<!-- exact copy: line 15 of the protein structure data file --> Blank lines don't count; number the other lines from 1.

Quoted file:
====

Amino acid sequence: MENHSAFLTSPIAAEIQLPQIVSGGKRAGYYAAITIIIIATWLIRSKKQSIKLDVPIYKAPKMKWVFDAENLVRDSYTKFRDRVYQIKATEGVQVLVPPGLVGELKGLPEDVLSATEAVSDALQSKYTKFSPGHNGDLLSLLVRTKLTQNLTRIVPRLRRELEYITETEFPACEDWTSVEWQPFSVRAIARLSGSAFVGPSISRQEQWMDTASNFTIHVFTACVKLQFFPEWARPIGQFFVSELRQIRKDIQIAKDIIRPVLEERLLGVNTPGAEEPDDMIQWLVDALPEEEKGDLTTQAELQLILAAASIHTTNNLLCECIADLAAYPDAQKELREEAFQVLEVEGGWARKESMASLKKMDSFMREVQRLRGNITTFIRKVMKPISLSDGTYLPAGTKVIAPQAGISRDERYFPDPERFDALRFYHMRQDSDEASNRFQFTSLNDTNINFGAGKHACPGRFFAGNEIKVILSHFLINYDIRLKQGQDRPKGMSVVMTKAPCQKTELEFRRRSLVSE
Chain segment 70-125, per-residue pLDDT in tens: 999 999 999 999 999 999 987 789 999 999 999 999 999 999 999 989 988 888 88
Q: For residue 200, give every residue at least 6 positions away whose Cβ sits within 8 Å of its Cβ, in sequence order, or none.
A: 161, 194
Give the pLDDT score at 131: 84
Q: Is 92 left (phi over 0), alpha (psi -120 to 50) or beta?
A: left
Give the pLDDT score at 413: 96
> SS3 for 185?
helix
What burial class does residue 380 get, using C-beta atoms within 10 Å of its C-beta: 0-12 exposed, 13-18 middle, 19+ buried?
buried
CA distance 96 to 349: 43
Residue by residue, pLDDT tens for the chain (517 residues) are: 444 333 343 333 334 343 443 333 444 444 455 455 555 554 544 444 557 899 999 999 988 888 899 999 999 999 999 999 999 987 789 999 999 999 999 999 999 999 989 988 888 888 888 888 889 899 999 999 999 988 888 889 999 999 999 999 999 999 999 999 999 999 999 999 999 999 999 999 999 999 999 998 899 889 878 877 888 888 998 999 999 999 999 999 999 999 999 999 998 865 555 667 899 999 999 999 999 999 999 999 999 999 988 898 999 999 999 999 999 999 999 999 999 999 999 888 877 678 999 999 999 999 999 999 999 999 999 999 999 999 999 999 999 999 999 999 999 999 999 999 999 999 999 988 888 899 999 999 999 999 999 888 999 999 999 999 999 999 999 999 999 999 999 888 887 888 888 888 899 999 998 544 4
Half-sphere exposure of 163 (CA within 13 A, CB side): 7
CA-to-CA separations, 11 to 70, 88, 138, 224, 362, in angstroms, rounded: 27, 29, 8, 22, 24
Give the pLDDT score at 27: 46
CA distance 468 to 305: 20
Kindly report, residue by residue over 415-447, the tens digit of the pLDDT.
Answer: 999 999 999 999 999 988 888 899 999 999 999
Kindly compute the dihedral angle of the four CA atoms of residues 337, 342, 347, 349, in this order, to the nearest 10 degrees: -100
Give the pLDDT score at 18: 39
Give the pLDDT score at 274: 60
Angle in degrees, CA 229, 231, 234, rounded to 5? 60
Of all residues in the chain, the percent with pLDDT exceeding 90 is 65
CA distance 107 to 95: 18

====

Half-sphere exposure of 163 (CA within 13 A, CB side): 7